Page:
During the summer of 2021, much of Europe experienced a “wind drought” – wind speeds in many places were about 15% below average. In the UK in particular, winds were unusually calm and wind energy production was dramatically reduced.
Globally, wind speeds have been dropping by about 2.3% per decade since the 1970s. In 2019, however, global average windspeeds actually increased by about 6%. The question is whether a trend of slowing winds – so-called global stilling – is associated with climate change or is just natural variability in action.
Wind results from uneven temperatures in air masses. Much of the world’s wind comes from the difference between the cold air at the poles and the warm air at the tropics. Because the Arctic is warming much faster than the tropics, it is possible that winds will continue to decline around the world.
Another factor people cite is the increase in surface roughness. The number and size of urban buildings continues to increase, which acts as a drag on winds.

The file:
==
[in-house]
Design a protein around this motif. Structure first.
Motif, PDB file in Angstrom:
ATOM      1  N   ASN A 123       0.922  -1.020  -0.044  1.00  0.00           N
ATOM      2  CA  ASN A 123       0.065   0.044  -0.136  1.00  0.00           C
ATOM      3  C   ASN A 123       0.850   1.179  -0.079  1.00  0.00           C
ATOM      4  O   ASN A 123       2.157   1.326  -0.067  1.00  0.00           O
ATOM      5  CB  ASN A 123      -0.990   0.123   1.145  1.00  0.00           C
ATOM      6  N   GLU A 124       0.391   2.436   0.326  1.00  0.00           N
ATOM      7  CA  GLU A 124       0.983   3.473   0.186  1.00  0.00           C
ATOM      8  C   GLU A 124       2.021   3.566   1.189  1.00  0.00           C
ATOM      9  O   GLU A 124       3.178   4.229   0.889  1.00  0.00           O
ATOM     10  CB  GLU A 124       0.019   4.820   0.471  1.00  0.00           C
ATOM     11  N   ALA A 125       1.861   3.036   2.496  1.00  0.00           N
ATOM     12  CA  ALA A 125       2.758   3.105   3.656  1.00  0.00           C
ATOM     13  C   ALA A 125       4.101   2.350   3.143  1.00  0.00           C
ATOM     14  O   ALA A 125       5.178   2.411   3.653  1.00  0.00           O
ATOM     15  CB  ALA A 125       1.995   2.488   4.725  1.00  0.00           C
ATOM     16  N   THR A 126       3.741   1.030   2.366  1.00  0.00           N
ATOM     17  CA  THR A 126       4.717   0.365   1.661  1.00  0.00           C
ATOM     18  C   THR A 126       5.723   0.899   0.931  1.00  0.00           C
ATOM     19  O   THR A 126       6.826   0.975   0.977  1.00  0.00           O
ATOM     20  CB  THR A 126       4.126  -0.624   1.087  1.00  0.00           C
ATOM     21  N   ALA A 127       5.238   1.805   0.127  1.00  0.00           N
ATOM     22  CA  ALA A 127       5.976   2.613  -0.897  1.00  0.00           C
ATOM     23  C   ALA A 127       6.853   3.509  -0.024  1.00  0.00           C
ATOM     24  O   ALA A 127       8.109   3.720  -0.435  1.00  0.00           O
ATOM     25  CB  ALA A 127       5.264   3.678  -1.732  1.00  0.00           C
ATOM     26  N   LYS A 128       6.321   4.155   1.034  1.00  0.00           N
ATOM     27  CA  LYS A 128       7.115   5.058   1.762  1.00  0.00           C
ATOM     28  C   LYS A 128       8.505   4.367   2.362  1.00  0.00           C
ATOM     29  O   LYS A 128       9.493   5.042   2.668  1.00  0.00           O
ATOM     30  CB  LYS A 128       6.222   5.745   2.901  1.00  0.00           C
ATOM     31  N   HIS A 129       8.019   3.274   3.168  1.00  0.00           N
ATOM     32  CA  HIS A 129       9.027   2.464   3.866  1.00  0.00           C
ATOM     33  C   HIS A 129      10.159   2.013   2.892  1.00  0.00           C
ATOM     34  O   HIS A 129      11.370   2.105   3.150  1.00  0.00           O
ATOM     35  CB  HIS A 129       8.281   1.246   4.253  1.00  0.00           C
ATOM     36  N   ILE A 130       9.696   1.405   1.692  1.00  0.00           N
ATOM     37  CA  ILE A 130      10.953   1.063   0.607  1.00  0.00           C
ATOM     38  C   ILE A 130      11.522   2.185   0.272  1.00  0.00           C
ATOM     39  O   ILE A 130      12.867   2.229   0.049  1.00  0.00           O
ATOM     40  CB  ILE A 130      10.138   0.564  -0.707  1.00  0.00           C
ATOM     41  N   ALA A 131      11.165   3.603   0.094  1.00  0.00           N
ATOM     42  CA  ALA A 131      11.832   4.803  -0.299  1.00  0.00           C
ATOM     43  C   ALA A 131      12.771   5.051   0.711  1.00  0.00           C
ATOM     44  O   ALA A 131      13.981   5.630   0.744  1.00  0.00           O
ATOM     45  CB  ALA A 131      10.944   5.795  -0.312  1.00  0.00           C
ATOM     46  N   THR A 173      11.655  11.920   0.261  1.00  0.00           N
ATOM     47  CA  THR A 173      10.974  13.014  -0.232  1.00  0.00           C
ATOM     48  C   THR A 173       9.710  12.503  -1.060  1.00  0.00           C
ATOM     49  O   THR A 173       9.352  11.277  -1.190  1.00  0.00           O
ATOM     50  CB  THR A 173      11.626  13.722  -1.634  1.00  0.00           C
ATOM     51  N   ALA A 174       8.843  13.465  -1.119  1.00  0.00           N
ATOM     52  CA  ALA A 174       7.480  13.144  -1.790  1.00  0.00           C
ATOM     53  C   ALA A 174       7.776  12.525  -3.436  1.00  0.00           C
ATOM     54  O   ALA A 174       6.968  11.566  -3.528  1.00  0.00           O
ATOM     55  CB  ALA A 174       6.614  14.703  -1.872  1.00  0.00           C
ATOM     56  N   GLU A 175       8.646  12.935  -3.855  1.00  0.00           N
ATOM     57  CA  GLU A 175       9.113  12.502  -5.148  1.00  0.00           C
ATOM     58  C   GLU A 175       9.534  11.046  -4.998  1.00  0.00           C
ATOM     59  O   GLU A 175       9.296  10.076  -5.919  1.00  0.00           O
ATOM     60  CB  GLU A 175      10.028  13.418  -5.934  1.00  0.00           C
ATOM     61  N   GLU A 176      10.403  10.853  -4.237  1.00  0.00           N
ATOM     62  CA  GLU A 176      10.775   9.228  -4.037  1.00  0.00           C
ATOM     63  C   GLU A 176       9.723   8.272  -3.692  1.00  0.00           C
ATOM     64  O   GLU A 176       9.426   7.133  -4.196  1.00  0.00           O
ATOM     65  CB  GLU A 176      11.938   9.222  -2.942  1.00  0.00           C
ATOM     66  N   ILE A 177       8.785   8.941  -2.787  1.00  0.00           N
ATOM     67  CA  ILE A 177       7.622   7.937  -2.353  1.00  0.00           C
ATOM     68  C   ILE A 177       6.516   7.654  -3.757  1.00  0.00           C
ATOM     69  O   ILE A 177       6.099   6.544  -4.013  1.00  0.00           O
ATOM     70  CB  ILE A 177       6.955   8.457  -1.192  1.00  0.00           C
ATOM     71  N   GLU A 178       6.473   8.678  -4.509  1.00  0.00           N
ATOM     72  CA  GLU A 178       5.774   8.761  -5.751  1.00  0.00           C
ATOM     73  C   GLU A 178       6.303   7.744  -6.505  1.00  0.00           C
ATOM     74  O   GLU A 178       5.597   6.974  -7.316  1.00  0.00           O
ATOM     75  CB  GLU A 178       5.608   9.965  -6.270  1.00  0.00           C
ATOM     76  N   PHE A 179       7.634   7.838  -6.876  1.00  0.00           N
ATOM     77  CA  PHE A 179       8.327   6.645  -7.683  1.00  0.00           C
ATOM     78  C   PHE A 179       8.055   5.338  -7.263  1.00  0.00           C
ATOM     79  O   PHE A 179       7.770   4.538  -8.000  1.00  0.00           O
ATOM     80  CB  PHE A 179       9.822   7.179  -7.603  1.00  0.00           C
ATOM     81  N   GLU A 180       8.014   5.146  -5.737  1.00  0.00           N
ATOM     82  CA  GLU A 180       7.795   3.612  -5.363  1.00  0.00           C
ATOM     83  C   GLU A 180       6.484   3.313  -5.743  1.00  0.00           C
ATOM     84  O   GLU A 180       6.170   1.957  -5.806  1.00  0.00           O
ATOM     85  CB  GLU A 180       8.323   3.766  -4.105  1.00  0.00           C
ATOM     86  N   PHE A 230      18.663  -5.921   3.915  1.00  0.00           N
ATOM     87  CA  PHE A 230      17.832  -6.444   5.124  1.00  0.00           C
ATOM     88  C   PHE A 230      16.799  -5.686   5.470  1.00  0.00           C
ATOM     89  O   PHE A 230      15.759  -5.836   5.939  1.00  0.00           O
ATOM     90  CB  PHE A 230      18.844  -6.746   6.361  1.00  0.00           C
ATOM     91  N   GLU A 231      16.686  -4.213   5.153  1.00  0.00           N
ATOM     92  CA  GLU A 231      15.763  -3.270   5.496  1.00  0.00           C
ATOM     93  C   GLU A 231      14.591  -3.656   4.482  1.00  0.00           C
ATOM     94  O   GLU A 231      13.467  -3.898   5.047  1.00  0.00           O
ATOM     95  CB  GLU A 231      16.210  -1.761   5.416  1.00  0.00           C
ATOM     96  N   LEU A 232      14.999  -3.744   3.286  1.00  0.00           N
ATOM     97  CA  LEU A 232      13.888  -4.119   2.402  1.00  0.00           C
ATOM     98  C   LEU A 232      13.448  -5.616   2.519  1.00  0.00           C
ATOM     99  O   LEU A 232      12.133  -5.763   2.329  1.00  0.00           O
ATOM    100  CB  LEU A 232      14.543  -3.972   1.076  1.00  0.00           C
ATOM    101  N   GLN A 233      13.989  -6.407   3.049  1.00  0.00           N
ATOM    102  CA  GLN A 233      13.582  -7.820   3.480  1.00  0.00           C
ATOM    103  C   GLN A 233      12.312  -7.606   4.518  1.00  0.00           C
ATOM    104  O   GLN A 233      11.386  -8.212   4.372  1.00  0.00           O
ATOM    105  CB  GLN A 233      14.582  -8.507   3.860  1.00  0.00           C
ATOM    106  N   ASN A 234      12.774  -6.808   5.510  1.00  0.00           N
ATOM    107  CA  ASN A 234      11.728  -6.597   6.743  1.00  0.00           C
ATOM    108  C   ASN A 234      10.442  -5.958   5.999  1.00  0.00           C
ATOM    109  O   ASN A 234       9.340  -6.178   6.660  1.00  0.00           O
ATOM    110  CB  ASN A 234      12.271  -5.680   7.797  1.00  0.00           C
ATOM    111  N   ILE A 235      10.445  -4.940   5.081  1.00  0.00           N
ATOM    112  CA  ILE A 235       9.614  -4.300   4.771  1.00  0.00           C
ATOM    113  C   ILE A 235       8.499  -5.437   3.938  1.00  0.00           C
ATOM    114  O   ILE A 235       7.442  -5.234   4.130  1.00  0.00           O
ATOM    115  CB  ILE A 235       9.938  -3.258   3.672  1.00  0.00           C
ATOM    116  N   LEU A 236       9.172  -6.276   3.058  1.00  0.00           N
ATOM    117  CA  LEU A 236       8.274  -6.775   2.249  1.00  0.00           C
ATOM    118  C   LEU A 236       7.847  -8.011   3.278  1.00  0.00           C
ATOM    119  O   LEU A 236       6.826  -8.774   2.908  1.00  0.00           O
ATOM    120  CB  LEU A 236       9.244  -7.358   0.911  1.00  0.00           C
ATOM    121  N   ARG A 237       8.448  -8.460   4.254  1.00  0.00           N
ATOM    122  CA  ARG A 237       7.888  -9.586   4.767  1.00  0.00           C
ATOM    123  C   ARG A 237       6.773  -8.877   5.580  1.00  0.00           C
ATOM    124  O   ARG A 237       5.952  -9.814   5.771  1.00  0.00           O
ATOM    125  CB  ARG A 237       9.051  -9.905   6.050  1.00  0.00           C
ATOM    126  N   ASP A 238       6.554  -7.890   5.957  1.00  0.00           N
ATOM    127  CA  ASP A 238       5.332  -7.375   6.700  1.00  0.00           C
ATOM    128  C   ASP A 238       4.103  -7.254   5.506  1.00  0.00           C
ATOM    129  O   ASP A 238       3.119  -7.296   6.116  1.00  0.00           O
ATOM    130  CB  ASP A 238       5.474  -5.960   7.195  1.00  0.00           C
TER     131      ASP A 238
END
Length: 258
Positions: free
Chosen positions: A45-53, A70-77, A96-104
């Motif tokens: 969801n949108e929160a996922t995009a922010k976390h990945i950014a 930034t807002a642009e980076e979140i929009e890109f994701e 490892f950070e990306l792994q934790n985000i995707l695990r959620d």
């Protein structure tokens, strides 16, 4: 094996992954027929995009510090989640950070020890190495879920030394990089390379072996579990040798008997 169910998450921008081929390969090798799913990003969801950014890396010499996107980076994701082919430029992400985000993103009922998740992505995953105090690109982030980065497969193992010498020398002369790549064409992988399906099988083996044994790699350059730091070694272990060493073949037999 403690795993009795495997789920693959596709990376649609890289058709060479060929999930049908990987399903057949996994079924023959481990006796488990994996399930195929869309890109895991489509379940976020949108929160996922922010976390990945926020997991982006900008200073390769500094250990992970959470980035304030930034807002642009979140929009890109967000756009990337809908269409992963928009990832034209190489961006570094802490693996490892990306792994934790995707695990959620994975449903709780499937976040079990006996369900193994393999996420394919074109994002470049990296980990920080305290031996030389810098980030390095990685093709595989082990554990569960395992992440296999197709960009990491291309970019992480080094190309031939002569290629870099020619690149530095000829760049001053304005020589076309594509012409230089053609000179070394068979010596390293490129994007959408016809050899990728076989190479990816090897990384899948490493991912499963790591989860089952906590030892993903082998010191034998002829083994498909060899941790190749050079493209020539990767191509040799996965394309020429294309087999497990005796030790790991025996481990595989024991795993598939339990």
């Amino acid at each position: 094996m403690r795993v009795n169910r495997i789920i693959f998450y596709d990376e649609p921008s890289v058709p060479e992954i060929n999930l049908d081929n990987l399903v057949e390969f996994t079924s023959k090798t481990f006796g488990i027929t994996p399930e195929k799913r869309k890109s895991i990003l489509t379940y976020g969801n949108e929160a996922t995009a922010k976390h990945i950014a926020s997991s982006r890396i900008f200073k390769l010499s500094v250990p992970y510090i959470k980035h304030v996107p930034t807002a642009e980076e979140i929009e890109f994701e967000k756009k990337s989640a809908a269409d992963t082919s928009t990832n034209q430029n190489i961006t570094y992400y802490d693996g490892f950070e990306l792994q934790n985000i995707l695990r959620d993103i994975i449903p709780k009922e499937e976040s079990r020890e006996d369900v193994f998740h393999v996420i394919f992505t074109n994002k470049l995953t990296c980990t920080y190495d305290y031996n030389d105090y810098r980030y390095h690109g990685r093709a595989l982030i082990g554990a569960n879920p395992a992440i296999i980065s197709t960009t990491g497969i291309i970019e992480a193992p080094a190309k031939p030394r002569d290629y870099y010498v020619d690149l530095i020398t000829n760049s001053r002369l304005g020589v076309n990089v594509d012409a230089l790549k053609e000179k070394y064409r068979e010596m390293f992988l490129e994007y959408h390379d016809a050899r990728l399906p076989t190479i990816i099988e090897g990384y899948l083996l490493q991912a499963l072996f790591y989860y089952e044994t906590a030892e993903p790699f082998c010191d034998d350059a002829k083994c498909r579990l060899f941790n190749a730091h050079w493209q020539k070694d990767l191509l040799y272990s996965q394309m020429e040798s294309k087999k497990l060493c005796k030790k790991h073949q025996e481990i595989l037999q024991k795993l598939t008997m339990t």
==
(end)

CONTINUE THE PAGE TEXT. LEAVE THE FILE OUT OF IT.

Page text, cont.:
Some models predict that wind speeds will decrease over much of the western U.S. and East Coast, but the central U.S. will see an increase. Experts do not all agree about what is happening with global winds. Many believe that the observed changes to date have been within the range of variability. Furthermore, some places have been windier than usual.
All of this really matters for many reasons. Europe is increasingly dependent upon wind power as an alternative to fossil fuels. A 10% drop in wind speed results in a 30% drop in energy generation. Whatever their cause may be, wind droughts cannot be ignored.
Photo, posted June 28, 2008, courtesy of Patrick Finnegan via Flickr.